The Work of Nellie Mae Rowe at The High Musuem



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From the High's Website:
REALLY FREE: THE RADICAL ART OF NELLIE MAE ROWE

SEPTEMBER 3, 2021–JANUARY 9, 2022
During the last fifteen years of her life, Nellie Mae Rowe (1900–1982) lived on Paces Ferry Road, a major thoroughfare in Vinings, Georgia, and welcomed visitors to her “Playhouse,” which she decorated with found-object installations, handmade dolls, chewing-gum sculptures, and hundreds of drawings.

Based on the High’s leading collection of Rowe’s art, Really Free is the first major exhibition of her work in more than twenty years and the first to consider her practice as a radical act of self-expression and liberation in the post-civil rights-era South. Rowe created her first works as a child in rural Fayetteville, Georgia, but only found the time and space to reclaim her artistic practice in the late 1960s, following the deaths of her second husband and her longtime employer.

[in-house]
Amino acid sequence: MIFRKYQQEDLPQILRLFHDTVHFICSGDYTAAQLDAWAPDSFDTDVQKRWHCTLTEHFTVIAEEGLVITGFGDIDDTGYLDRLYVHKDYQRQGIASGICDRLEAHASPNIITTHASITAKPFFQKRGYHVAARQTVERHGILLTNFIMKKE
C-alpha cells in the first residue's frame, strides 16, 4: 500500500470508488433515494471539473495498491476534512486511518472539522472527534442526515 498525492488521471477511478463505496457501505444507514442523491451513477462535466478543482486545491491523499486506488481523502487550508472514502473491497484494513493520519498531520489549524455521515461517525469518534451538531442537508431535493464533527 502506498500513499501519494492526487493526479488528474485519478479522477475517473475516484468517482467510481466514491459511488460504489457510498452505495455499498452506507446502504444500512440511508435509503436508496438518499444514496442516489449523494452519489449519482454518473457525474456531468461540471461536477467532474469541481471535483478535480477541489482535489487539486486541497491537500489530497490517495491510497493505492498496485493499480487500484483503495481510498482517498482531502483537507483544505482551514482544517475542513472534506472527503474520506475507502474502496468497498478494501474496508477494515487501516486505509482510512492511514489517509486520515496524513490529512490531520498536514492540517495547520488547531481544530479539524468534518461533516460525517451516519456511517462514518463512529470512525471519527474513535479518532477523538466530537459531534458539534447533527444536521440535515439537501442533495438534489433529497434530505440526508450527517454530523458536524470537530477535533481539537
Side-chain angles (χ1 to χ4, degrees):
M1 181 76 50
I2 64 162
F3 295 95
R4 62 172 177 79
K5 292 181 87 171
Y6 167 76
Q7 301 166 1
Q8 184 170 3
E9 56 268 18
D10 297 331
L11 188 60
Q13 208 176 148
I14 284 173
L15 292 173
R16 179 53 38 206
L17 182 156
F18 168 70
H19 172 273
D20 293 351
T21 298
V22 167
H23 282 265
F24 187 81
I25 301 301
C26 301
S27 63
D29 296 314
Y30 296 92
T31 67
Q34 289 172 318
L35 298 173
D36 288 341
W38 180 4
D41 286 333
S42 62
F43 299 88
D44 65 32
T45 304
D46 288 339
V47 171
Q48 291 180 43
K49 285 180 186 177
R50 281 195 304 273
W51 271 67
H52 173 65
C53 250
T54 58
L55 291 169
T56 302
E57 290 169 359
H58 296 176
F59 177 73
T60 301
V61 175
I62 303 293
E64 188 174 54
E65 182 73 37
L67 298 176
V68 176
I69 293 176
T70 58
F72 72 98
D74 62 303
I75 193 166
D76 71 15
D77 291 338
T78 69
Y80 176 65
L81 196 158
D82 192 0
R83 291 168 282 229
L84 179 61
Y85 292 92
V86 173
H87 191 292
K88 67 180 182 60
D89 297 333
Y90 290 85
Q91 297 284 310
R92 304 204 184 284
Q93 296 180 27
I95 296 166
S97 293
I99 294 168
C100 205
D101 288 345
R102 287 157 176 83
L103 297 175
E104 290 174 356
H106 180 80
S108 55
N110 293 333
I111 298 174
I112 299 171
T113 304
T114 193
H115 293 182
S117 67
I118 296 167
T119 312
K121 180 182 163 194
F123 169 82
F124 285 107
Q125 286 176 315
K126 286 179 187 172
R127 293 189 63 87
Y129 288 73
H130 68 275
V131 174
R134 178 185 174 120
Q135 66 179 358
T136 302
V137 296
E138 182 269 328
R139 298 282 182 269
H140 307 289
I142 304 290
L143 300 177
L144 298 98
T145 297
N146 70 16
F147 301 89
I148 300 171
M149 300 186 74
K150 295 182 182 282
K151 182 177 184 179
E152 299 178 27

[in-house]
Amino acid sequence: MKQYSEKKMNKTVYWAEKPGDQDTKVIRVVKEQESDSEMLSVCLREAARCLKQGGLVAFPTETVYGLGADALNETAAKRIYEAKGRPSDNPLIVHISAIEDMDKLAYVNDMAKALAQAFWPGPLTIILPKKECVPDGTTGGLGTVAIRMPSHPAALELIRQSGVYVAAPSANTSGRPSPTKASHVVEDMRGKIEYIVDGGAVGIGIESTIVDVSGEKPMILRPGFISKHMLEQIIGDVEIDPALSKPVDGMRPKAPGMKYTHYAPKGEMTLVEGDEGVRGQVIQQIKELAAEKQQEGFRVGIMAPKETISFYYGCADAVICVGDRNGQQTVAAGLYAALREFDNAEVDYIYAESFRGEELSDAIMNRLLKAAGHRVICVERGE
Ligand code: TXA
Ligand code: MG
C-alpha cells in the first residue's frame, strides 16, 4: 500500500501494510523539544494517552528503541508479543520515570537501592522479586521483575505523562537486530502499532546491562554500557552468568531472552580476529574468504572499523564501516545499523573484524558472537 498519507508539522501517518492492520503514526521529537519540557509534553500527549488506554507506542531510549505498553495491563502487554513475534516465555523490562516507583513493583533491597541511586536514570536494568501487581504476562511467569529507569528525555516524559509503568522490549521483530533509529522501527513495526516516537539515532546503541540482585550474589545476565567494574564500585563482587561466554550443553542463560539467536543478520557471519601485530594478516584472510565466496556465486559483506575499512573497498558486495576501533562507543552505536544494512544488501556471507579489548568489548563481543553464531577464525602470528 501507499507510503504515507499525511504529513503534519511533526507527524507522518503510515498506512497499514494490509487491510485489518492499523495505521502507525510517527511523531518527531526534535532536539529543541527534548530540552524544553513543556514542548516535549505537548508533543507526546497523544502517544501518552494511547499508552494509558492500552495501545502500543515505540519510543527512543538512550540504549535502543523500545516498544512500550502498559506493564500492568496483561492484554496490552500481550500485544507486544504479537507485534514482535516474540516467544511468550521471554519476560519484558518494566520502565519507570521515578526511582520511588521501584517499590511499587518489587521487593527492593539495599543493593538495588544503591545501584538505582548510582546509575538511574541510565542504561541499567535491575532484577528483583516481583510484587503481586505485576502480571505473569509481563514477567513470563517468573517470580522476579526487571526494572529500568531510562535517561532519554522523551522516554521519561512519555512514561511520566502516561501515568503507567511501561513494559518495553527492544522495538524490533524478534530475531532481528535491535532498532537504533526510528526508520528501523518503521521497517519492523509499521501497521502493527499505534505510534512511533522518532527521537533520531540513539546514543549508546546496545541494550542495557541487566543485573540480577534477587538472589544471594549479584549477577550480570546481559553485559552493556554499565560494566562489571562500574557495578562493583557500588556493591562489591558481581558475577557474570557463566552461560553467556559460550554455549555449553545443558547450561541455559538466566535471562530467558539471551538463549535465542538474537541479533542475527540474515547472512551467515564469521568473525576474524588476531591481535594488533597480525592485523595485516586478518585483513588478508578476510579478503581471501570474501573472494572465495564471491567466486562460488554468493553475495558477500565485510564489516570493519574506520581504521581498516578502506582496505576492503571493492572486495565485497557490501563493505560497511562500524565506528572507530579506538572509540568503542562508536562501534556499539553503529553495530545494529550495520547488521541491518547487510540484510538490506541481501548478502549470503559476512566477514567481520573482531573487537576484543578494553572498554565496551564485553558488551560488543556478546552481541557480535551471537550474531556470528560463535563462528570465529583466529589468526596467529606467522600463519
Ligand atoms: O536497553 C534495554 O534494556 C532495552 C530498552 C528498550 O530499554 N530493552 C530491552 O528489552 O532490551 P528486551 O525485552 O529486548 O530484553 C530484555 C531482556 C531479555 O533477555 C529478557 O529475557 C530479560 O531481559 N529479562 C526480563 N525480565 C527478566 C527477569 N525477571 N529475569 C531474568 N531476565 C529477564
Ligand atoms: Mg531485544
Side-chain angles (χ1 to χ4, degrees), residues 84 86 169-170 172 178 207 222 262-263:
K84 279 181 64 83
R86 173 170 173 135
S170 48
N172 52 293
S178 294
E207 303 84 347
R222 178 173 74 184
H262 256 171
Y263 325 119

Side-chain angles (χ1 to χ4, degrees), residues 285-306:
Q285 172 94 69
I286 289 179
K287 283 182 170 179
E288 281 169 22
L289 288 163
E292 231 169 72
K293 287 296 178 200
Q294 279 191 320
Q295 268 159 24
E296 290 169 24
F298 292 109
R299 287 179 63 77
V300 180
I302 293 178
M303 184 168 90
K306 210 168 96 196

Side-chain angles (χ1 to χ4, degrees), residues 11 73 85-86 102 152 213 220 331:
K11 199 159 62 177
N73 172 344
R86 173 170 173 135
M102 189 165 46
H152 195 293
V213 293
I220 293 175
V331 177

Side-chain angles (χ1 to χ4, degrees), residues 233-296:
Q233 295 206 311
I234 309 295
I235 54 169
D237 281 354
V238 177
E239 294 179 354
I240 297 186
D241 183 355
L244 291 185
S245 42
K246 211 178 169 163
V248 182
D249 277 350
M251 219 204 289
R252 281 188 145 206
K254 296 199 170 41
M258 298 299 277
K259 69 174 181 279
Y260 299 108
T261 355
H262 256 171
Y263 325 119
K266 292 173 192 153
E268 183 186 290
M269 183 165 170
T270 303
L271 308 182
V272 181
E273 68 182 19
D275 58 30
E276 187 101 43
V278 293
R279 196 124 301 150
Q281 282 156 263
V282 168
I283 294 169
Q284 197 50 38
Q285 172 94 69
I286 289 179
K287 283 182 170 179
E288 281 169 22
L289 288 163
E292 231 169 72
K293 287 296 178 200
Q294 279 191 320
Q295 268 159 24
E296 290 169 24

The exhibition offers an unprecedented view of how she cultivated her drawing practice late in life, starting with colorful and at times simple sketches on found materials and moving toward her most celebrated, highly complex compositions on paper. Through photographs and reconstructions of her Playhouse created for an experimental documentary on her life, the exhibition is also the first to put her drawings in direct conversation with her art environment.

This exhibition is organized by the High Museum of Art, Atlanta.

Banner Image: Nellie Mae Rowe (American, 1900–1982), When I Was a Little Girl, 1978, crayon, oil pastel, marker, colored pencil, and pencil on paper, High Museum of Art, Atlanta, purchase with Folk Art Acquisition Fund, 2002.73. © Nellie Mae Rowe.
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